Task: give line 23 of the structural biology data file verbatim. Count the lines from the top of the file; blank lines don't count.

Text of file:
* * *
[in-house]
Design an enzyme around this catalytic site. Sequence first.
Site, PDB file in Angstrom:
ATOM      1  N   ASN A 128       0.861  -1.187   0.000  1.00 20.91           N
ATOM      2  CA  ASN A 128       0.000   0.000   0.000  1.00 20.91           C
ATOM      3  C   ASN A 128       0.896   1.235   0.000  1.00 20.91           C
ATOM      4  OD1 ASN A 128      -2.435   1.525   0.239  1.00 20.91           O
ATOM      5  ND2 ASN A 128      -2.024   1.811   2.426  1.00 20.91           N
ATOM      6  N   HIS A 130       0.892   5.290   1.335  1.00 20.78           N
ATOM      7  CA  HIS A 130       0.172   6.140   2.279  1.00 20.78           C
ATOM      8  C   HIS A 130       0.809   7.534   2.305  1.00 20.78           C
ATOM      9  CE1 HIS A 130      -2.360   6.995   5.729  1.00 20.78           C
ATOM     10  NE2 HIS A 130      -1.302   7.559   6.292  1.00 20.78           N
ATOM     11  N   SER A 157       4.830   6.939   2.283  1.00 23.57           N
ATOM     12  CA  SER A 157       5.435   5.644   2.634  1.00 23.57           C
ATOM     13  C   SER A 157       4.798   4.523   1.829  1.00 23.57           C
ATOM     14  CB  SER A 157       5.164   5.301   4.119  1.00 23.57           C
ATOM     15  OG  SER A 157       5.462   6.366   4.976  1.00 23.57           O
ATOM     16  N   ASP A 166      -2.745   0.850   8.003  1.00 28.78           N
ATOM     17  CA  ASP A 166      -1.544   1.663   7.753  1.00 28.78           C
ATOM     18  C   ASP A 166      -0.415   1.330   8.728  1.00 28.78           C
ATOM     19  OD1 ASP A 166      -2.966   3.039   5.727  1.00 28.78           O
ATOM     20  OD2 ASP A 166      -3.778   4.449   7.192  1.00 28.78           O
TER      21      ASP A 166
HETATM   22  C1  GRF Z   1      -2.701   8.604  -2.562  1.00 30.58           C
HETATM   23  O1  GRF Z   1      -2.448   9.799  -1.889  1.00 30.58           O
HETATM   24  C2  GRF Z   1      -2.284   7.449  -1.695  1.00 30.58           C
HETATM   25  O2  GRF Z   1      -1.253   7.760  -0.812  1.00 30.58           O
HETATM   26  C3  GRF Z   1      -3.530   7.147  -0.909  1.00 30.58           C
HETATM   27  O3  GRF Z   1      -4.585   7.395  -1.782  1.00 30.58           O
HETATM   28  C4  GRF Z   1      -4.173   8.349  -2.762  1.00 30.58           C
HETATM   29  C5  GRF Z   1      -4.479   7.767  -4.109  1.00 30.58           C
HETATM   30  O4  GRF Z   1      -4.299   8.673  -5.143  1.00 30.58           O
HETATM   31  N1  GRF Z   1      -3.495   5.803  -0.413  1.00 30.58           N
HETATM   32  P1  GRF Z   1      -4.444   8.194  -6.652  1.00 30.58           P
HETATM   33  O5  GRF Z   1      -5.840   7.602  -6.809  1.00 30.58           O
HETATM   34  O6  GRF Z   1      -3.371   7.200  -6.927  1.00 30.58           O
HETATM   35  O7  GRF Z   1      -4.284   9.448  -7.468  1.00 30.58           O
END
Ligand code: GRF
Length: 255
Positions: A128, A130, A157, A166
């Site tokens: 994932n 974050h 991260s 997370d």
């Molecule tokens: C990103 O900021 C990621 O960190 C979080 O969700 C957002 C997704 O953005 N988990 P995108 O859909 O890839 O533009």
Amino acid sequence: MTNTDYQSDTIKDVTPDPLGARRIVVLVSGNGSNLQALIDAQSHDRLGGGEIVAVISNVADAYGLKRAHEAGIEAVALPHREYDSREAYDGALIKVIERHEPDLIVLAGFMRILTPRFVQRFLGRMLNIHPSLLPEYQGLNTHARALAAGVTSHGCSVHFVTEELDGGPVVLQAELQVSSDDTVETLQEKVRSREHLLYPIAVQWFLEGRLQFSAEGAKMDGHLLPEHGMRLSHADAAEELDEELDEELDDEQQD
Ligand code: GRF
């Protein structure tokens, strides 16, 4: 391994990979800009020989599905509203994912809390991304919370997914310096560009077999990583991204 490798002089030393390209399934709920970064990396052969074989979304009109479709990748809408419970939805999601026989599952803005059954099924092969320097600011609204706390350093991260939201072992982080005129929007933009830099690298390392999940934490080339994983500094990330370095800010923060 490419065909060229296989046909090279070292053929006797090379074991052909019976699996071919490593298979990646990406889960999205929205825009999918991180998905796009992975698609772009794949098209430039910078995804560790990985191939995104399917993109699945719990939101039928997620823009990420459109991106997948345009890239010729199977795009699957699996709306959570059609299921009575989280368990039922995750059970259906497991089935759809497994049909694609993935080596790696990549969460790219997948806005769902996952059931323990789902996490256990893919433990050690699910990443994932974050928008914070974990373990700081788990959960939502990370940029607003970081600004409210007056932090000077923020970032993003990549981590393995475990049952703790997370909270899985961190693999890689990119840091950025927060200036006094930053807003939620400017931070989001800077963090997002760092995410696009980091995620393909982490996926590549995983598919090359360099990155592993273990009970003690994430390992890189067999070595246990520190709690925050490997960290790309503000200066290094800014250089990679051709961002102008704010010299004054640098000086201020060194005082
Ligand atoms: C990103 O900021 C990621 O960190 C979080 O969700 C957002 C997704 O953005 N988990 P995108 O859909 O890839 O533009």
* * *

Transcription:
ATOM     20  OD2 ASP A 166      -3.778   4.449   7.192  1.00 28.78           O